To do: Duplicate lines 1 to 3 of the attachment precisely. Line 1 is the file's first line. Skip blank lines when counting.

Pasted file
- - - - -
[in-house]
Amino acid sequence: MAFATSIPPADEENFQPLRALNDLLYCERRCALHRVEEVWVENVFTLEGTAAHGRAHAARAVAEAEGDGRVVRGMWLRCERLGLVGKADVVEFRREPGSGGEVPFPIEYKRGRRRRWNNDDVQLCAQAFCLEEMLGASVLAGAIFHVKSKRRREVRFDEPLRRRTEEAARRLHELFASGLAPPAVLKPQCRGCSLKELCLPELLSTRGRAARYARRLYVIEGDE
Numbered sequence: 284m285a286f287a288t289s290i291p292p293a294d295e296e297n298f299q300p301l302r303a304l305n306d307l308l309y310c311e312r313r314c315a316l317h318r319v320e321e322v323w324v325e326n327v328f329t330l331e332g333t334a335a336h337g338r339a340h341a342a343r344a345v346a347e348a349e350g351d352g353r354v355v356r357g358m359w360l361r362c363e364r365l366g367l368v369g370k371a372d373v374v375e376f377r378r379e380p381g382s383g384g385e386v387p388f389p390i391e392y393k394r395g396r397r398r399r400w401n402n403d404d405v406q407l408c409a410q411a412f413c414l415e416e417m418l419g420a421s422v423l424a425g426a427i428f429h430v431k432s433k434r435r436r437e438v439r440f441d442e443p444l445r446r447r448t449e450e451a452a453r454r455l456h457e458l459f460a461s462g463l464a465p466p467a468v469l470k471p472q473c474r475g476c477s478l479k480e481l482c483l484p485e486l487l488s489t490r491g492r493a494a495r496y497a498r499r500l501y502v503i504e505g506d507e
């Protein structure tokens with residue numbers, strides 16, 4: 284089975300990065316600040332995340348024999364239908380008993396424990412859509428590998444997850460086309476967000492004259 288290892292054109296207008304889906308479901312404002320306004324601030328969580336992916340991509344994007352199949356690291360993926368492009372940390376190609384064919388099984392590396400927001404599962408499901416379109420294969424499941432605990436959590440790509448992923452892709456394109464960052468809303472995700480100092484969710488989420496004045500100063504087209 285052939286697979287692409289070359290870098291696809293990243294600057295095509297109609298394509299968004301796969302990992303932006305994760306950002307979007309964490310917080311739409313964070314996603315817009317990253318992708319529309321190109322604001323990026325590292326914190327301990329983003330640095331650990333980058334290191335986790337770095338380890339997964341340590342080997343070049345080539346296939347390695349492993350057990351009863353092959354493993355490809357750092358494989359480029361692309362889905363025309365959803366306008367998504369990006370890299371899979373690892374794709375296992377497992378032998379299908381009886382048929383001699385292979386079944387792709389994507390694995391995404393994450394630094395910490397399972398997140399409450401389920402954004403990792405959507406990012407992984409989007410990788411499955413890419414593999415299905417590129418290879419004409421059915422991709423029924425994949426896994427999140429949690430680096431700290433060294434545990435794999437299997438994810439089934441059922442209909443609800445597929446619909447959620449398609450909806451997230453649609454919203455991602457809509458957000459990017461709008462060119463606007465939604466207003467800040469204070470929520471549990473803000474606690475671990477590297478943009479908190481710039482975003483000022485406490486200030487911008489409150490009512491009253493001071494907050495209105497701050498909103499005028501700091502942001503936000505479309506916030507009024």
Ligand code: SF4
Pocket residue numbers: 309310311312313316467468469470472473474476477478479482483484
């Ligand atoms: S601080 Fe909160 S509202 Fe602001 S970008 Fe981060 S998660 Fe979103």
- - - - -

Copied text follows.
[in-house]
Amino acid sequence: MAFATSIPPADEENFQPLRALNDLLYCERRCALHRVEEVWVENVFTLEGTAAHGRAHAARAVAEAEGDGRVVRGMWLRCERLGLVGKADVVEFRREPGSGGEVPFPIEYKRGRRRRWNNDDVQLCAQAFCLEEMLGASVLAGAIFHVKSKRRREVRFDEPLRRRTEEAARRLHELFASGLAPPAVLKPQCRGCSLKELCLPELLSTRGRAARYARRLYVIEGDE
Numbered sequence: 284m285a286f287a288t289s290i291p292p293a294d295e296e297n298f299q300p301l302r303a304l305n306d307l308l309y310c311e312r313r314c315a316l317h318r319v320e321e322v323w324v325e326n327v328f329t330l331e332g333t334a335a336h337g338r339a340h341a342a343r344a345v346a347e348a349e350g351d352g353r354v355v356r357g358m359w360l361r362c363e364r365l366g367l368v369g370k371a372d373v374v375e376f377r378r379e380p381g382s383g384g385e386v387p388f389p390i391e392y393k394r395g396r397r398r399r400w401n402n403d404d405v406q407l408c409a410q411a412f413c414l415e416e417m418l419g420a421s422v423l424a425g426a427i428f429h430v431k432s433k434r435r436r437e438v439r440f441d442e443p444l445r446r447r448t449e450e451a452a453r454r455l456h457e458l459f460a461s462g463l464a465p466p467a468v469l470k471p472q473c474r475g476c477s478l479k480e481l482c483l484p485e486l487l488s489t490r491g492r493a494a495r496y497a498r499r500l501y502v503i504e505g506d507e